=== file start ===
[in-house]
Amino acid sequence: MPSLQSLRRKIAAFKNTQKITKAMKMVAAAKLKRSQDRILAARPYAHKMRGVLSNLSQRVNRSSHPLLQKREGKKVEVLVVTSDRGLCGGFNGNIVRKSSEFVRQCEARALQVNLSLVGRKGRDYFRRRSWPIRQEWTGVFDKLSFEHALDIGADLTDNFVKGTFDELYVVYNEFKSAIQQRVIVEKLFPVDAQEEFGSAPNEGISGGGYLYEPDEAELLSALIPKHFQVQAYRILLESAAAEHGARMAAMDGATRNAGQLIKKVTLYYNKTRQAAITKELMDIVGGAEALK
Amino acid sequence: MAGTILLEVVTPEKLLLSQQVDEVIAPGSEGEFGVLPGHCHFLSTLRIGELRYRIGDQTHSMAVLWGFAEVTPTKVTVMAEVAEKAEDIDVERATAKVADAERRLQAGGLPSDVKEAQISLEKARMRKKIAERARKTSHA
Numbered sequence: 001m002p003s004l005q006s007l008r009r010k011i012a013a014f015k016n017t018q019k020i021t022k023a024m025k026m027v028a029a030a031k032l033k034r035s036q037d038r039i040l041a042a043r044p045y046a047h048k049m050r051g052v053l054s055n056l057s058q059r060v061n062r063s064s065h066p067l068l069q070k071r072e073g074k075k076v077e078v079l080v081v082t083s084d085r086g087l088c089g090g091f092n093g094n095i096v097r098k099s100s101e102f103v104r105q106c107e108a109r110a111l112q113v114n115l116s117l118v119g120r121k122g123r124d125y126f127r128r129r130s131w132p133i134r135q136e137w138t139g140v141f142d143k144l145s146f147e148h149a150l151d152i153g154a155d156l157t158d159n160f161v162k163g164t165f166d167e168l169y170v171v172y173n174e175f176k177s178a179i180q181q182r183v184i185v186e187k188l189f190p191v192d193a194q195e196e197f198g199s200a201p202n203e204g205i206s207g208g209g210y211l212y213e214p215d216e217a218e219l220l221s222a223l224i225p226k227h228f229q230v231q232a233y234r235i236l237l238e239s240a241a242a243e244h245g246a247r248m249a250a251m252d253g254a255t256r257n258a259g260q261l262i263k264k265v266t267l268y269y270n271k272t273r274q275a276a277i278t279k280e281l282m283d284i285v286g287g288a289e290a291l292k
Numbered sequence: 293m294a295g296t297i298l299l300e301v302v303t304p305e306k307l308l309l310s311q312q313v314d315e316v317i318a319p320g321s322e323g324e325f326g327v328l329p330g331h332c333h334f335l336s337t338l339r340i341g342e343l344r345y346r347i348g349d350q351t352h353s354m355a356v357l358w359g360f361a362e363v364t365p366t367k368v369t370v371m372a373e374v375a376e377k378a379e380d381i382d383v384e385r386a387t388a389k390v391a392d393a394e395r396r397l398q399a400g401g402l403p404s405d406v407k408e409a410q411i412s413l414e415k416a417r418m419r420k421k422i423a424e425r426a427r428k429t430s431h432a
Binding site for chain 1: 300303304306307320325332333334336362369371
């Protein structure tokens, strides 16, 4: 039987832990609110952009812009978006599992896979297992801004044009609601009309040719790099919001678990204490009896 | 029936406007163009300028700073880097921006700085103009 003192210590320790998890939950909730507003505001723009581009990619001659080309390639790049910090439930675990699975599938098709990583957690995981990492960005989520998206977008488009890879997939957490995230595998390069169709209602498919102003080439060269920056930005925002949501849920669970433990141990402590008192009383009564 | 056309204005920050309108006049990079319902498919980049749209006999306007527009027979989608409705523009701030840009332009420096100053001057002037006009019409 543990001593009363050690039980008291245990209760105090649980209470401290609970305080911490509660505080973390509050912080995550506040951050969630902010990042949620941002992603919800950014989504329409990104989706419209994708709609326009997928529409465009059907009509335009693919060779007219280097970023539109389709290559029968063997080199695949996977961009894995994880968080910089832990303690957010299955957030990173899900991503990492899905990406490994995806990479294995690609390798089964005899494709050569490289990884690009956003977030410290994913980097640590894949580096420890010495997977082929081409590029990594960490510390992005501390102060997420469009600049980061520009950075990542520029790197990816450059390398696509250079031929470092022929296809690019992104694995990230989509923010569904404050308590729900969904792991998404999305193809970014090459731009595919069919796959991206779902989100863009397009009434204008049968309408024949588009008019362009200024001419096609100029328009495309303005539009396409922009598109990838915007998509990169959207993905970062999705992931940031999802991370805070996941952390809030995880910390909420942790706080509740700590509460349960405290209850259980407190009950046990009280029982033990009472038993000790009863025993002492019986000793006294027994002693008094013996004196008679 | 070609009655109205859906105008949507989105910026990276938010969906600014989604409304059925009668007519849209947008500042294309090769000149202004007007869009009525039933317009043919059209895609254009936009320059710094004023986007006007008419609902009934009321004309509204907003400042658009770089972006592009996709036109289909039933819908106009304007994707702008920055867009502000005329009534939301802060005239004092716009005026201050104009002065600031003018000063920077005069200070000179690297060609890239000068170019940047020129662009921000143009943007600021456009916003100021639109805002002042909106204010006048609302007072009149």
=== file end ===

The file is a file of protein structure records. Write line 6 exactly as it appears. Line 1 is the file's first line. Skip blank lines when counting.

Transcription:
Binding site for chain 1: 300303304306307320325332333334336362369371